Education and Care
Strategies to Head Off or Deal With Behavior Problems
- Pay attention to what the individual with dementia is saying—both verbally and non-verbally. Caregivers also should be aware of their communication techniques, including providing one-step instructions and speaking in a reassuring tone.
- Think ahead and plan for situations that could result in problem behaviors.
- Understand that trying to argue with someone who has dementia only results in frustration for both them and the caregiver.
- Distract and divert attention whenever possible.
- Hold to the same routine.
- Keep things simple to avoid frustration.
- Promote a sense of security and comfort.
- Use positive reinforcements, such as smiles, a gentle touch, personal attention and praise.
- Allow the individual to have some sense of control. Being able to "save face" is important to someone who is very confused.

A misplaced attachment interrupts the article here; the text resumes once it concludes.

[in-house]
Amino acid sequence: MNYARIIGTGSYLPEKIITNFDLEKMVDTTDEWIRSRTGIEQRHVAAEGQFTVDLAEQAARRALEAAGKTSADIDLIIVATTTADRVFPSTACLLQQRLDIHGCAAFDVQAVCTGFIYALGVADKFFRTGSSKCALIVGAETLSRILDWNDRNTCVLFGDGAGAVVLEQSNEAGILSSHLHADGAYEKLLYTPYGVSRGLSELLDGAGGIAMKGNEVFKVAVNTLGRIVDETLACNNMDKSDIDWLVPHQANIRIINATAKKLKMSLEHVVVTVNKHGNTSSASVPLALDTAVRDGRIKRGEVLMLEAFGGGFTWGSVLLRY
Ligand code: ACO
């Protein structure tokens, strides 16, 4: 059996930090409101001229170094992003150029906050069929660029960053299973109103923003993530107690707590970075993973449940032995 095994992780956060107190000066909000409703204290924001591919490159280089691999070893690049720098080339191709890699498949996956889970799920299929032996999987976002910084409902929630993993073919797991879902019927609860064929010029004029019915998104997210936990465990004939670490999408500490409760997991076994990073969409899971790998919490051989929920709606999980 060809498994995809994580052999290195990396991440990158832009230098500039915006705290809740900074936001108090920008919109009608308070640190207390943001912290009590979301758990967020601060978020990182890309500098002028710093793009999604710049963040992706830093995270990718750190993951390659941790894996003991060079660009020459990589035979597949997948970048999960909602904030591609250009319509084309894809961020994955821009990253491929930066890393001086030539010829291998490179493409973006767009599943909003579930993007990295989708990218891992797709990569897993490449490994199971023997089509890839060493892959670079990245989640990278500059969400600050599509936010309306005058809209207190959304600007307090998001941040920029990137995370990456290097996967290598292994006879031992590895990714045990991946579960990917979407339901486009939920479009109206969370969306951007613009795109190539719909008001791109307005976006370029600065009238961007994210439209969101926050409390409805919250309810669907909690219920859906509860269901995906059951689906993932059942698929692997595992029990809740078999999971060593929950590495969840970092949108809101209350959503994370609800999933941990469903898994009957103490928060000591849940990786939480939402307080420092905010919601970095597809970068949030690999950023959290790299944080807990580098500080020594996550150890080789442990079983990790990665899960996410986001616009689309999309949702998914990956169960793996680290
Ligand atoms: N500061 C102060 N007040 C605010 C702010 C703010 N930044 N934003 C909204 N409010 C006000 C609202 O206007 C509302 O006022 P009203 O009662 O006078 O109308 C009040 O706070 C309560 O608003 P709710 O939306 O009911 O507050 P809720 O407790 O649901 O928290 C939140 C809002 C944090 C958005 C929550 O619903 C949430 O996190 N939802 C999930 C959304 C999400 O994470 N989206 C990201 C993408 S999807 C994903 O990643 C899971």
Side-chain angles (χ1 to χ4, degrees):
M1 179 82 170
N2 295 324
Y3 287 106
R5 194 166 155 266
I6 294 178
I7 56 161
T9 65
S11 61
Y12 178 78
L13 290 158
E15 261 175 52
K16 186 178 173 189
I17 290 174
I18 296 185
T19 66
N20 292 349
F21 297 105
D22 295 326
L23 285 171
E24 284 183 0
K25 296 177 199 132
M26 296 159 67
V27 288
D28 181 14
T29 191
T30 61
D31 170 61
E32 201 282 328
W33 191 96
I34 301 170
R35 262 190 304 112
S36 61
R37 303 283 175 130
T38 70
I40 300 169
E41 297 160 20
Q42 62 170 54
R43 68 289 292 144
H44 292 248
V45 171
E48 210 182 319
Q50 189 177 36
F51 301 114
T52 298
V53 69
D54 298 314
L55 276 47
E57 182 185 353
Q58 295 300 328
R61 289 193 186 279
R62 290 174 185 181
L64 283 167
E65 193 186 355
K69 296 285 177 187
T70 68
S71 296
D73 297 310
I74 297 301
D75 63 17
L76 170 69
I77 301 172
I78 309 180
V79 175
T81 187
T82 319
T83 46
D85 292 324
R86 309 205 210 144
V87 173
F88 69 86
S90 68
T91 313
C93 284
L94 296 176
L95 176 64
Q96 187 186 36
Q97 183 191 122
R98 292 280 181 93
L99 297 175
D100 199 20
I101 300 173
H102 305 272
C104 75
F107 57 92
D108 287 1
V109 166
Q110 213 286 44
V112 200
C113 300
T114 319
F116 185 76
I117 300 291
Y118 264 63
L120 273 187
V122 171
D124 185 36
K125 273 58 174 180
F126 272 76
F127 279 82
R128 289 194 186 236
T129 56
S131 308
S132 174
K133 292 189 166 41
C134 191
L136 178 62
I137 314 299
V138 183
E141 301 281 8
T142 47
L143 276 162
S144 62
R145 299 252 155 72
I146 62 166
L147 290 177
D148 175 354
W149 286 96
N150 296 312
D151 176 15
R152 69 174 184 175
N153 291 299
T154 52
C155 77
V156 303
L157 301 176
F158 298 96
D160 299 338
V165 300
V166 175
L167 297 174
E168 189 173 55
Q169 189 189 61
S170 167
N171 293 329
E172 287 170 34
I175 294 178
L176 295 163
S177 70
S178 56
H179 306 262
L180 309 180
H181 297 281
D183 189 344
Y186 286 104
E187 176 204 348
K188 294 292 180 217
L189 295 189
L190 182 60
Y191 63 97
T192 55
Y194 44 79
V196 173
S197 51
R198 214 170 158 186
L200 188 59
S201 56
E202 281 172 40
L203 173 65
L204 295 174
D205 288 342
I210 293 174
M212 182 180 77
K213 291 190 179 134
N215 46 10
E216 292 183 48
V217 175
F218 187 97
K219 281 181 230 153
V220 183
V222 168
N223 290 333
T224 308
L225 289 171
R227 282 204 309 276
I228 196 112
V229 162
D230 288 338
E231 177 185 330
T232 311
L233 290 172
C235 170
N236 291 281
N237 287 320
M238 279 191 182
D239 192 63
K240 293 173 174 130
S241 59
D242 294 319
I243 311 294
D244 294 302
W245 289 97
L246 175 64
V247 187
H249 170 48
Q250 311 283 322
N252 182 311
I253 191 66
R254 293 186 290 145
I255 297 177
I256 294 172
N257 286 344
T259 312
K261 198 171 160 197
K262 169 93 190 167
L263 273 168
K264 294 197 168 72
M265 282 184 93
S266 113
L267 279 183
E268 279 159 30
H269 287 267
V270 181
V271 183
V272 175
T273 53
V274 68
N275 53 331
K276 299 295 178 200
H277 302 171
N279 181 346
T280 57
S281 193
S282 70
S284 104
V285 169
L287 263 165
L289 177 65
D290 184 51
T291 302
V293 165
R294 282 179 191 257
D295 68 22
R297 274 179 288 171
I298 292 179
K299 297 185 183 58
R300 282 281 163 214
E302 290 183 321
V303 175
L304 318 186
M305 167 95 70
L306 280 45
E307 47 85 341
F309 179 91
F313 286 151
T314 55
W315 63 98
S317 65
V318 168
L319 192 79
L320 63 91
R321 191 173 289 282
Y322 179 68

- Maintain a calm manner even when the individual becomes aggressive or agitated. This can defuse a tense situation and help reduce a person's fears.
- Assess the situation to protect yourself. Should an individual's aggression become violent, be mindful of your own safety first.
- Caregivers should practice ways to reduce stress when they become angry or frustrated, since anger and frustration could aggravate a behavior problem.
- Remember that behavior problems result from the disease. Do not take things that the person says and does personally; it is the disease speaking.
- Be creative and use common sense.
- Try to keep a sense of humor even in the most difficult situations.
Connect with other family caregivers:
For more information, connect with the Alzheimer’s Foundation of America’s licensed social workers. Click here or call 866.232.8484. Real People. Real Care.
Alzheimer's Foundation of America 866.232.8484